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Regaining Prosperity... and Protecting It: Job Creation and Financial Literacy in Black America

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I am so pleased to see The Huffington Post inaugurating its Black Voices site, and I appreciate the opportunity to contribute in its first week.

As an African-American member of Congress at this critical moment in our nation's history, my first duty is to bring jobs back to the community I represent. To create jobs, we need smart and bold investments that put people back to work today and sustain opportunity in the future -- investments in infrastructure, energy, education, science and technology.

The Recovery Act stimulus package that was passed in early 2009 helped stabilize an economy in free fall and laid the foundations for sustained investment in these pillars of economic growth. But the current Congress, with a Republican-controlled House of Representatives, categorically refuses further investment in job creation and is singularly focused upon deficit reduction. Don't get me wrong: long-term deficit reduction is an admirable goal. We do have to rebalance our national checkbook in years to come, and President Obama has advanced substantive proposals to do just that.

But now is the time for aggressive investment in jobs and economic growth.

The Republican refusal to invest in jobs -- motivated in part, I believe, by their belief that a weak economy will harm President Obama's reelection prospects -- harms the black community in particular.

African Americans have been disproportionately impoverished and unemployed by the "Great Recession" that began in 2007. The statistics are staggering. In 2009, African Americans saw their median household worth fall by 53 percent -- yes, you read that correctly -- compared with a 16-percent reduction in median net worth for white households. This acute toll on the black community only exacerbated preexisting inequality. The median wealth of white U.S. households in 2009 was $113,149, compared with just $5,677 for blacks. That ratio is 20 to 1. In 1995, it was 7 to 1.

With our communities in such pain -- and an obstructionist Republican House of Representatives unwilling to do the right thing -- it is doubly important that we get out the vote in 2012, retake the U.S. House of Representatives, and reelect President Obama to the White House. If you think it is difficult today to enact policies that invest in the American people -- especially America's most vulnerable people -- imagine the consequences of further losses at the ballot box in 2012.

A further point: African Americans' staggering financial losses suffered during the recent recession reveal a fundamental economic weakness in our communities -- financial illiteracy. Effective and responsible wealth management insulates our families both against predatory lending practices and sudden loss of wealth during an economic crisis.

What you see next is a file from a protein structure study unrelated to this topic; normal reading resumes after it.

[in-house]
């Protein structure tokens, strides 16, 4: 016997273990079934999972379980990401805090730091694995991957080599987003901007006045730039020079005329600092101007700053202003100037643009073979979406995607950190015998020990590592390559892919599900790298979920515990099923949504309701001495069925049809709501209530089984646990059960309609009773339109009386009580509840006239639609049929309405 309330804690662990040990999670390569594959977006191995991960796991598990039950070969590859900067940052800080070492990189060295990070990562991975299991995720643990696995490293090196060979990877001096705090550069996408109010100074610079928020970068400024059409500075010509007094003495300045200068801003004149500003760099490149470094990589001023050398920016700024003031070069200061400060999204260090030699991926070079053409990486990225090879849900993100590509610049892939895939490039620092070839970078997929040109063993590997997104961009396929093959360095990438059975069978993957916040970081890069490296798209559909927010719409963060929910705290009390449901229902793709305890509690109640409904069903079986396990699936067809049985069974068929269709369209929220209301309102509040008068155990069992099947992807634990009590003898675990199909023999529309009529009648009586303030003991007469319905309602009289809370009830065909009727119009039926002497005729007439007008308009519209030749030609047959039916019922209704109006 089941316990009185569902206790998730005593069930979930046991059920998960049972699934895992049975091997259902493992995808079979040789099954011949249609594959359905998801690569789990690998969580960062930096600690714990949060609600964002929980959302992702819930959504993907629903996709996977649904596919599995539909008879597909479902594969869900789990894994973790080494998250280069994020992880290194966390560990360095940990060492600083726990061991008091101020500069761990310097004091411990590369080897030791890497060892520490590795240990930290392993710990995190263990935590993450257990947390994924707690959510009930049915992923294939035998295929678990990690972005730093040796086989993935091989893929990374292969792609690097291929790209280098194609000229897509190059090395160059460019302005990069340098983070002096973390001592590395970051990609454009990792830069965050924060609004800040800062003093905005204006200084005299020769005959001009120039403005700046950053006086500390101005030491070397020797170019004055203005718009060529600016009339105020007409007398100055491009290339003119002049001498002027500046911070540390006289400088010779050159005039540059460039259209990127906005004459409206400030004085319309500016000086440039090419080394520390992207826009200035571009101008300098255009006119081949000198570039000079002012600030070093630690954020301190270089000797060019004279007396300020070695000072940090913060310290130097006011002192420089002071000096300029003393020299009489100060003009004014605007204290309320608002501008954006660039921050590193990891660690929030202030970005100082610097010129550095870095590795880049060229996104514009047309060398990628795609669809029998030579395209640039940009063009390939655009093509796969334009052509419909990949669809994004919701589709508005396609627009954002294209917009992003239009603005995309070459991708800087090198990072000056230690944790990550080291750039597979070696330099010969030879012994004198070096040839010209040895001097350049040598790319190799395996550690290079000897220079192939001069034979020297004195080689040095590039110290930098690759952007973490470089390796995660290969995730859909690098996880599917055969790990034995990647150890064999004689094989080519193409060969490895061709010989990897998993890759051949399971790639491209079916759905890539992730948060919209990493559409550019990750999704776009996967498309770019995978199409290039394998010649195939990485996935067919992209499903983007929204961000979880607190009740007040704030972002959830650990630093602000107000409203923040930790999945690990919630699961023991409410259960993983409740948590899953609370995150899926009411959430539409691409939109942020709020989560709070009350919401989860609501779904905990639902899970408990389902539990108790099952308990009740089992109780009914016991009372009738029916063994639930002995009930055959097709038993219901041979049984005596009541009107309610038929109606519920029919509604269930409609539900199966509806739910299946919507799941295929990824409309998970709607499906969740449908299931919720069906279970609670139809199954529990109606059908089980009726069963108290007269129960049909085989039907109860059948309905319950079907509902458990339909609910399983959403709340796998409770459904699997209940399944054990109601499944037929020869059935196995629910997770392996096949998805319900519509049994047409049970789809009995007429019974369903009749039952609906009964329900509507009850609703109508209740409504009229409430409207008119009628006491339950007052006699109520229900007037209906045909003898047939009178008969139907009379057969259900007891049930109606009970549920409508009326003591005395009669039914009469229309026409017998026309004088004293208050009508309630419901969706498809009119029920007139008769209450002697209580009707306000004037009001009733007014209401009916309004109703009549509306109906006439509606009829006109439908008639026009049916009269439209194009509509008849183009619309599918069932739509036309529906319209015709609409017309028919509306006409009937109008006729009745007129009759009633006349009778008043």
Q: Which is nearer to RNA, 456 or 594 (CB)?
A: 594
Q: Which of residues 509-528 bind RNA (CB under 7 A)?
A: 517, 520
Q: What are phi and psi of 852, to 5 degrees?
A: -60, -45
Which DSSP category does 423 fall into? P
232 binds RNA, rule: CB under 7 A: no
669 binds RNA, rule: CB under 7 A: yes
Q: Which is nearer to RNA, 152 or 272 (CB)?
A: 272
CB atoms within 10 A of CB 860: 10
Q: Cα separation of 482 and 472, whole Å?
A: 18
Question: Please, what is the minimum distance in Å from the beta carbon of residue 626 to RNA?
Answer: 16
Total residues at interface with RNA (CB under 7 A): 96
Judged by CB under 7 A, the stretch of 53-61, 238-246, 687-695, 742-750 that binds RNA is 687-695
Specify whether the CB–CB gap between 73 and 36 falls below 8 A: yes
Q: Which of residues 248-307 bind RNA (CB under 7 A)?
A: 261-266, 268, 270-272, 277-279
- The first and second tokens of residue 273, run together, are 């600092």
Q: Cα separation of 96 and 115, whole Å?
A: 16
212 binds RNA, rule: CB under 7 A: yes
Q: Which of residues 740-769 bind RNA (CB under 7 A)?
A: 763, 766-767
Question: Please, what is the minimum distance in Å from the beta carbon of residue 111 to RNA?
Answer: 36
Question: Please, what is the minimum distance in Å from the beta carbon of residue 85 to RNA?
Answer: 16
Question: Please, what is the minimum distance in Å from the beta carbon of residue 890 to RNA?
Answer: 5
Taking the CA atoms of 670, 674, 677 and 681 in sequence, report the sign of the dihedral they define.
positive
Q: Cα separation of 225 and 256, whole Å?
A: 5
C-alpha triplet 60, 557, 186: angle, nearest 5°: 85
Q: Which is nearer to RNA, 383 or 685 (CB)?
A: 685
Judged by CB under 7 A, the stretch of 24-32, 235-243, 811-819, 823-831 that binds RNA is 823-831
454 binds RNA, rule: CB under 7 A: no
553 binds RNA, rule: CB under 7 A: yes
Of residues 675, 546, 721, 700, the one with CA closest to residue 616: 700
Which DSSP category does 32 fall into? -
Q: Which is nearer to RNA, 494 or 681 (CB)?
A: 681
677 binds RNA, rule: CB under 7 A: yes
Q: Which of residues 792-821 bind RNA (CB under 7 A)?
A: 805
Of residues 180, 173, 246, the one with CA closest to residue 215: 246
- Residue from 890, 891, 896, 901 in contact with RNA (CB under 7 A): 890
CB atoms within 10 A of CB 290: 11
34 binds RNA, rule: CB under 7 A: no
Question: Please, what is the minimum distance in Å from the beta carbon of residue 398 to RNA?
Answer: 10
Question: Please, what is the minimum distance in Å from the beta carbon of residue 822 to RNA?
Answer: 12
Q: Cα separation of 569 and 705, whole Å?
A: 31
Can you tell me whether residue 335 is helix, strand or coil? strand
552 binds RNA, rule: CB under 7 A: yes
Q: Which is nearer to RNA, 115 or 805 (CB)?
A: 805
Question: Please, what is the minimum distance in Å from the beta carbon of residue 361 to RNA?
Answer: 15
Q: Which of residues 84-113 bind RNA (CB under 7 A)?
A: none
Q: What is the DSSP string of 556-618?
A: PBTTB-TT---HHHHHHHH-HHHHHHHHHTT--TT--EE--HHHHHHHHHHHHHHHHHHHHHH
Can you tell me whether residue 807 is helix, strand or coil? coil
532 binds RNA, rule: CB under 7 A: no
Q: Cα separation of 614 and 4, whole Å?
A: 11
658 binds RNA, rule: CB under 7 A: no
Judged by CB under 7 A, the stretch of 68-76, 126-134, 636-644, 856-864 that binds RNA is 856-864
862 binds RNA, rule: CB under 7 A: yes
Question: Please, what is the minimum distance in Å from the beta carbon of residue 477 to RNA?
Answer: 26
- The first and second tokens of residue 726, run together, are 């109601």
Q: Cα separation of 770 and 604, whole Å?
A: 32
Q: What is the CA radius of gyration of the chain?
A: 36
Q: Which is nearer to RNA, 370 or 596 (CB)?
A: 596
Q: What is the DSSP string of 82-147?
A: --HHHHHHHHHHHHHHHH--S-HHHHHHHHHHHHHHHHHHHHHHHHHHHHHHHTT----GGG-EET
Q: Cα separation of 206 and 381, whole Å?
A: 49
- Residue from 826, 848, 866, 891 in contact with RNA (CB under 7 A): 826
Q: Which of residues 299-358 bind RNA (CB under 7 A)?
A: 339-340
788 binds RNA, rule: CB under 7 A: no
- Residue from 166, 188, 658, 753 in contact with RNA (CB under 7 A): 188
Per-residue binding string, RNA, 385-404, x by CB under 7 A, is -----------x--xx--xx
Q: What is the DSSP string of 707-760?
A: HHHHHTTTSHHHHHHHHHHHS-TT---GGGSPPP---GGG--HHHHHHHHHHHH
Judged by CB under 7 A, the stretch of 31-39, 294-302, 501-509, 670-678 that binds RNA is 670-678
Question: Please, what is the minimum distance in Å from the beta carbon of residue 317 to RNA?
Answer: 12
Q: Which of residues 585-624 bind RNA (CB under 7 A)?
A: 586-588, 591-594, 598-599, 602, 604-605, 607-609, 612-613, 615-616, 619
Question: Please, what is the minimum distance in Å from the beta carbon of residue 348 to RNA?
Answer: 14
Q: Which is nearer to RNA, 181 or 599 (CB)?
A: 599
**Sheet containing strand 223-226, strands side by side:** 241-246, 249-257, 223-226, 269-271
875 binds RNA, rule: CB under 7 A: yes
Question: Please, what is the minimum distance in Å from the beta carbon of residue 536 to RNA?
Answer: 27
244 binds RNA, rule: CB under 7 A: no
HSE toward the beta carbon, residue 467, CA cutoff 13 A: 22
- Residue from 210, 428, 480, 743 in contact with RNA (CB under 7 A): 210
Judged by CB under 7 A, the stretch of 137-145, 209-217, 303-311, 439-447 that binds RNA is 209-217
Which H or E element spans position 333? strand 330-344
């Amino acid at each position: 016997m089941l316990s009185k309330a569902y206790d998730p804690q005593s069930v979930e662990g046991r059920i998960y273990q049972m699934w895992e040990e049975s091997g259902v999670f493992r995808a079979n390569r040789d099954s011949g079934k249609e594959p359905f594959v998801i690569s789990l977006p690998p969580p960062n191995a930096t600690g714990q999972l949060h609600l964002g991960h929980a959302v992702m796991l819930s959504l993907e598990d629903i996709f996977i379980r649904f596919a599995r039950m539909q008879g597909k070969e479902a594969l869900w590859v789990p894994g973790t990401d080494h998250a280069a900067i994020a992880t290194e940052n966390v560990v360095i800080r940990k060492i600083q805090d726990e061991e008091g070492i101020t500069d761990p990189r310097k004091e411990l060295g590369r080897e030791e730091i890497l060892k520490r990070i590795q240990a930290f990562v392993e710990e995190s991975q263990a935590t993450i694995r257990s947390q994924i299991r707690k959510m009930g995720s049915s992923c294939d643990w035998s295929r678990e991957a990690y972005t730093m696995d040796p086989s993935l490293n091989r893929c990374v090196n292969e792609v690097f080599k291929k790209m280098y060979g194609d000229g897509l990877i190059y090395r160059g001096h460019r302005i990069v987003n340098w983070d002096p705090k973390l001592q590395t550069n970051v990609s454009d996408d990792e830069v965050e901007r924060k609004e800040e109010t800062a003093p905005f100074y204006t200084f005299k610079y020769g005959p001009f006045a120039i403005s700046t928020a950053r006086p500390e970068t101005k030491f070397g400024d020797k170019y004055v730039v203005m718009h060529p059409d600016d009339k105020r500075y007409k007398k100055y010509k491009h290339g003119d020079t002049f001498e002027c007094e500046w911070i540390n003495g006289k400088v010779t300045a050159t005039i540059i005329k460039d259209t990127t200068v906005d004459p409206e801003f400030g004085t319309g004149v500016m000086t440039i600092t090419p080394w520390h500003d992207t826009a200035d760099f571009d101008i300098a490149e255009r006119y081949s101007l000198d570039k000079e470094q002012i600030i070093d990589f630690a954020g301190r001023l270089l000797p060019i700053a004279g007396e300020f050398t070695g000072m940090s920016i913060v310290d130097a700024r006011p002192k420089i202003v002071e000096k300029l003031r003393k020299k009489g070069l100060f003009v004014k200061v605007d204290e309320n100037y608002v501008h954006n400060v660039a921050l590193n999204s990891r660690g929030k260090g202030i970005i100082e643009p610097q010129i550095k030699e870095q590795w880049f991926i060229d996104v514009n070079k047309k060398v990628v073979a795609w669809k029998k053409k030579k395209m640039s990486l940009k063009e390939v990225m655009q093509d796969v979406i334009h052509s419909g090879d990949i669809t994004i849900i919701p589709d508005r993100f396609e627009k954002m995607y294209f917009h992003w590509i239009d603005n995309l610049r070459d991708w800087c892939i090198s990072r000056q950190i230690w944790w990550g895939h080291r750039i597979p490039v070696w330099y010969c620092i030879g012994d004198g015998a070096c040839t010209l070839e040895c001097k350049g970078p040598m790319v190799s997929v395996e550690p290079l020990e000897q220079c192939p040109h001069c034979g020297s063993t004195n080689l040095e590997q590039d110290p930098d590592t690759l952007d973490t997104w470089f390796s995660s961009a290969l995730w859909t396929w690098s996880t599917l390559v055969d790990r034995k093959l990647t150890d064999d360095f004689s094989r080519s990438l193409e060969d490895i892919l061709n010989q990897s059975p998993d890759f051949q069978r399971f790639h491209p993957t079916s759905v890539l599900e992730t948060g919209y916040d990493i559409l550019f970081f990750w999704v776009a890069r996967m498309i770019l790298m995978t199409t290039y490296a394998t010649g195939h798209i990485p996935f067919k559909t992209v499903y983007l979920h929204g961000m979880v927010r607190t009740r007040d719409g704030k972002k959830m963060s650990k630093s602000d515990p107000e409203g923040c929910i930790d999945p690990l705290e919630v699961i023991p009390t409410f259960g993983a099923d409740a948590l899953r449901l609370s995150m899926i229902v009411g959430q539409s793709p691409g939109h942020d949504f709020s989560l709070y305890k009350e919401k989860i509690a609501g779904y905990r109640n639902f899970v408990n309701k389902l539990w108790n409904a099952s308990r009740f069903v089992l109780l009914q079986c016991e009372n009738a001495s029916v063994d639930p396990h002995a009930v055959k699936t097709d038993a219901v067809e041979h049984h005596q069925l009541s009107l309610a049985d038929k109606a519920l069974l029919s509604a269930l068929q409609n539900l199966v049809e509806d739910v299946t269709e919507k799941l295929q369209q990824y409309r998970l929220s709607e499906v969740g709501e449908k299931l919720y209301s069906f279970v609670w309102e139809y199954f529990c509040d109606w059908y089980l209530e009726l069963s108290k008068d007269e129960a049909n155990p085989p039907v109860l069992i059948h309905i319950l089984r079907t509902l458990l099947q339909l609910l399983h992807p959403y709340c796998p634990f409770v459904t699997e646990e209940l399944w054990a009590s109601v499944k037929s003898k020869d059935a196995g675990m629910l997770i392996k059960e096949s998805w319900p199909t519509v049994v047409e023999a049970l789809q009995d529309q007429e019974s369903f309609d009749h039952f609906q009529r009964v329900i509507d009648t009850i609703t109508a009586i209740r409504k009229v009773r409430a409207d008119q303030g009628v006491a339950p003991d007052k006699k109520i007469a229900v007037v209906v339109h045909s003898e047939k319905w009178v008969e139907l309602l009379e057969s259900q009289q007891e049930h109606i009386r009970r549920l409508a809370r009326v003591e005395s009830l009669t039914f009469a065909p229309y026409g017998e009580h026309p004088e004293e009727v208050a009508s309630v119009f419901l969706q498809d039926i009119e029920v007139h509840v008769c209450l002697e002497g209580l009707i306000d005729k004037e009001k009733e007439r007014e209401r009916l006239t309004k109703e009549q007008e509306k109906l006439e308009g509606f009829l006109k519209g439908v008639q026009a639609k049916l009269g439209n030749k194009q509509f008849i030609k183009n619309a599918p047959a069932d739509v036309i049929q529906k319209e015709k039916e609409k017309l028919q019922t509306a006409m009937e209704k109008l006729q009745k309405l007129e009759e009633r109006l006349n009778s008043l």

The African-American community has been pervasively victimized by predatory lenders who sell high-cost, high-interest financial products like subprime mortgages, rent-to-own schemes and tax-refund lending.

Without a doubt, a crackdown by law enforcement on exploitative lending practices is critical; the financial reform legislation passed by Congress in 2009 makes great strides toward justice. But a consumer base uninformed of the risks and unable to defend itself against predatory lending will always be easier to exploit. That makes dramatically improved financial literacy imperative, especially for the black community.

Financial literacy is equally critical if families are to protect themselves against risk during an economic downturn. Let me put it bluntly: had African Americans better understood personal and household financial management -- had we equipped ourselves to thrive under complex and unpredictable economic circumstances -- we would not have been so disproportionately harmed by this economic crisis. Of course, taking our responsibility does not absolve the financial lending institutions from theirs. But take responsibility we must.

As a community, we must manage our finances more effectively so that no single event can undo decades of economic progress. It will require a collective effort to get it done.

As a small step toward this worthy goal, I am proud to announce today my co-sponsorship of H.R. 300, the Young Adults Financial Literacy Act introduced by Indiana Congressman Andre Carson. This bill will establish a grant program at the Treasury Department to fund the establishment of centers to support development and implementation of financial literacy programs for young American adults and families.

It will continue to be a tough climb out of these difficult times. And there will be difficult times again ahead. Each of us must evaluate our financial circumstances and those of our families, friends and neighbors. We must arm ourselves with the knowledge and tools to manage our wealth effectively so that our communities can never be so deeply damaged again.